Hi Travis! Thanks for jumping into the conversation. I hear you- this is a really common complaint, especially among 11th and 12th graders who are already looking towards life after high school. I liken it to training to be an athlete. When I played basketball, we did a LOT of shuttle runs and suicides- back and forth- and this crazy passing drill where I always ended up getting hit in the back of the head (as you can see, I wasn't much of a ballplayer). At no point in a real ball game was I ever going to be asked to do a shuttle run. The game was never going to depend upon my capacity to run laps in a squat (another indignity of which my coach was VERY fond). The point of those drills, though, was to get us in shape, to build the muscles we *would* need in the game. It wasn't enough to be able to shoot and defend and pass- we had to be able to pull those skills together in novel ways, unexpectedly and at a moments notice.

I think that's what a lot of upper level of high school "stuff" is about. Do I use physics, algebra, English literature, composition, or microbiology on a daily basis- or ever- in my life these many years later? Not really- at least not that I'm aware of. But I use the logic, reasoning, and critical thinking skills all the time. If those teachers hadn't pushed me to use those brain muscles (for lack of a better term) at a time when it was the LAST thing I wanted to do, then I wouldn't be prepared to understand and evaluate the information that comes my way every day.

Andrianna's picture

Thank you everyone for sharing your comments! I loved reading through your responses and seeing the various ways to respond to this timeless question!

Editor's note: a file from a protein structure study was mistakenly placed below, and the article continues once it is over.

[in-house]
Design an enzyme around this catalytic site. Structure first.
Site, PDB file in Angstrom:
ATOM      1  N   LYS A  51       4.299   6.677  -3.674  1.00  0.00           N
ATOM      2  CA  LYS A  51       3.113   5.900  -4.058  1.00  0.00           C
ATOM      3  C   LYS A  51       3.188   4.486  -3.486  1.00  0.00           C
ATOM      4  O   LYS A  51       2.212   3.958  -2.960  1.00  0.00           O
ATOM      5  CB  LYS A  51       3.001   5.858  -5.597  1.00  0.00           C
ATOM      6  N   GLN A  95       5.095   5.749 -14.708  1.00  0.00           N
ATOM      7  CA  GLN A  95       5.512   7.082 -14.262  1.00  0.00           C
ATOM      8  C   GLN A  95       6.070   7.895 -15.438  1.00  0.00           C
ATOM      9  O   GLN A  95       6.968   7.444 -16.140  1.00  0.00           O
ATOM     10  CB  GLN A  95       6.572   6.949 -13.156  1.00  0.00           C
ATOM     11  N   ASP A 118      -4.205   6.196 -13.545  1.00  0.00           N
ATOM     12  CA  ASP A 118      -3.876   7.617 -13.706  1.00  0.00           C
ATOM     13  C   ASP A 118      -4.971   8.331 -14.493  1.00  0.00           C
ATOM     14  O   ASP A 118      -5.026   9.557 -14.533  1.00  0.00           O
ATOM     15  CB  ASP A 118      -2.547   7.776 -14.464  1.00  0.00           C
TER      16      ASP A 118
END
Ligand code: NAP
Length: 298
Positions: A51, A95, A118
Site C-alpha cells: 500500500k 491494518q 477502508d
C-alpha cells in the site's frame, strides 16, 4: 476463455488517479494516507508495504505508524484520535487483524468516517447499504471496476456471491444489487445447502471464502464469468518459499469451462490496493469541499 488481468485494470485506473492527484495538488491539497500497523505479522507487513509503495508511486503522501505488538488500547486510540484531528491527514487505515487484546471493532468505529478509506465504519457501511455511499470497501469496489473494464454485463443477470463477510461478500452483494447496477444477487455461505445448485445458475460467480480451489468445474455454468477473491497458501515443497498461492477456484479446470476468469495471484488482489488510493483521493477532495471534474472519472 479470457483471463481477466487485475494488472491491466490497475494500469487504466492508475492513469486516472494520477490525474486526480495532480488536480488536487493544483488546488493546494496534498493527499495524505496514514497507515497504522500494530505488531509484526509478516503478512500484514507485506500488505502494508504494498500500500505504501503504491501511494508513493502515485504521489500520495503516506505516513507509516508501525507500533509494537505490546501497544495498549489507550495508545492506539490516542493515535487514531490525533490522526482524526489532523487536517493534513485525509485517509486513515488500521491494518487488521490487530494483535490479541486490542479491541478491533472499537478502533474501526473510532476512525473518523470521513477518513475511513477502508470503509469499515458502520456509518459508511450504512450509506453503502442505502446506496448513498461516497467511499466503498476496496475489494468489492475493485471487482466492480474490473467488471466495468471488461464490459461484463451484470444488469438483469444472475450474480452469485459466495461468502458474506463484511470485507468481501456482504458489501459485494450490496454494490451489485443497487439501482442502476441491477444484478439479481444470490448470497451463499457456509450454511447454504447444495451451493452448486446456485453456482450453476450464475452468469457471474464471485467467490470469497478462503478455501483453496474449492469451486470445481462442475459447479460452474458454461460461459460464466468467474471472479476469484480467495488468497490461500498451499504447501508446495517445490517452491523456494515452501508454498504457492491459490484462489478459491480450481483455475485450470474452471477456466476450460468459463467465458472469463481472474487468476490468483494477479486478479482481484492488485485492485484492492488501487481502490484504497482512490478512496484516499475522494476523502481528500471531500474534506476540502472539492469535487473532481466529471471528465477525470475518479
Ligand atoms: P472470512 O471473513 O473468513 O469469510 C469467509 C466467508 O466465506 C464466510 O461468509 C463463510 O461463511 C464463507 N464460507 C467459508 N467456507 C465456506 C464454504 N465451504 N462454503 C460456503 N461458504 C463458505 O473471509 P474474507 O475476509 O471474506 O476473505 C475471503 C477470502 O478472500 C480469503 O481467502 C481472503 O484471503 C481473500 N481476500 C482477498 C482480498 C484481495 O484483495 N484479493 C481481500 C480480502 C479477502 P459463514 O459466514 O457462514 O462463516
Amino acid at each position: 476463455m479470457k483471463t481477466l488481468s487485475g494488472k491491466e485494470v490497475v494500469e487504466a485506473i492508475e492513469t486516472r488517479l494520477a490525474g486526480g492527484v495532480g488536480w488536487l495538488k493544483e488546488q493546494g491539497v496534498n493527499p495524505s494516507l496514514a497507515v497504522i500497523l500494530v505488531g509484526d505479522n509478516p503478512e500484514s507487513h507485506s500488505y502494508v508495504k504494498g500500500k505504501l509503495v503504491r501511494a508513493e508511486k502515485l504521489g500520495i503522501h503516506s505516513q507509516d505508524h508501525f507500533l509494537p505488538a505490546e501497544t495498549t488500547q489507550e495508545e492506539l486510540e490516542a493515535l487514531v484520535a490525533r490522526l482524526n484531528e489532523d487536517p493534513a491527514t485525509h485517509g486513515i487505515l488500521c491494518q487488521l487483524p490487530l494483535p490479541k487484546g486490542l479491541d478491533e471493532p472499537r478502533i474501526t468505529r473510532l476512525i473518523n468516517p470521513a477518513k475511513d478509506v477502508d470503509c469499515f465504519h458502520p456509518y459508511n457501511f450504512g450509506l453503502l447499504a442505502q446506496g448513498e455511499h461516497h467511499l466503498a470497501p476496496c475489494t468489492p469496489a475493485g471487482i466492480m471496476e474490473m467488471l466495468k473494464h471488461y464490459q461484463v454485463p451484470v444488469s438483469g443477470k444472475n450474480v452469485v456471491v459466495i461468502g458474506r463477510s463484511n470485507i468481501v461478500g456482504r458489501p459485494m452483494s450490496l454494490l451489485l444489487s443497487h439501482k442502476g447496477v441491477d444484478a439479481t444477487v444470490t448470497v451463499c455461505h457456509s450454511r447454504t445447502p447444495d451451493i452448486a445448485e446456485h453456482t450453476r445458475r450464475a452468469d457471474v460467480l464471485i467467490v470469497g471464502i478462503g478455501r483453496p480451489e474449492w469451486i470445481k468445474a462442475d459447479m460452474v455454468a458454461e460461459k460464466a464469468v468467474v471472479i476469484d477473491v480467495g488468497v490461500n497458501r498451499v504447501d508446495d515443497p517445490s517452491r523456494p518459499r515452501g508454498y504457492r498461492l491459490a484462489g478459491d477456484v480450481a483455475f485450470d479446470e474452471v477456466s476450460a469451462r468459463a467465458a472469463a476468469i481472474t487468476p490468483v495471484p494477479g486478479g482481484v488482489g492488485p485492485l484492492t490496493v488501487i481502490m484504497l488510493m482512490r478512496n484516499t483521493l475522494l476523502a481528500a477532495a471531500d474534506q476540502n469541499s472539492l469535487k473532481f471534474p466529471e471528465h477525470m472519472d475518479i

As a second year teacher, I sometimes find it difficult to answer this question, especially when it comes to math. I know many of the students will never use some of the concepts we learn, so I try to make it as relevant as possible and connect it to their lives anyway that I can but sometimes I just can't. I love the suggestion of telling students that this is a class that focuses on "success training". It really gets to the point of how sometimes you need to learn things that you may never use, but in order to be success you just have to grit your teeth and do it.

Although I find it hard to answer sometimes, I actually love when I am asked this question because it shows the students are not being passive learners, but that they want to know the relevance. It also forces me to think about the relevance so that I am prepared to answer this question and because it is such an important question to be able to answer. I always try to avoid saying they need to know it for the State testing because I'm always stressing to students that learning is for life, not for a test.

Again, thanks for all the great responses!

melisa may penaranda's picture

An interesting article this help a lot of clarifications to me that the best solution to this problem is to make every lesson relevant to each student. However, given the impossibility of achieving that goal, I offer a few teaching tips that can mostly make that dreaded question about relevance a thing of the past.

G Haddon's picture

Thanks for the upfront and honest response Travis - us teachers need to hear more voices like yours in our constant quest to make learning relevant, exciting, and authentic.

geekygirlgrace's picture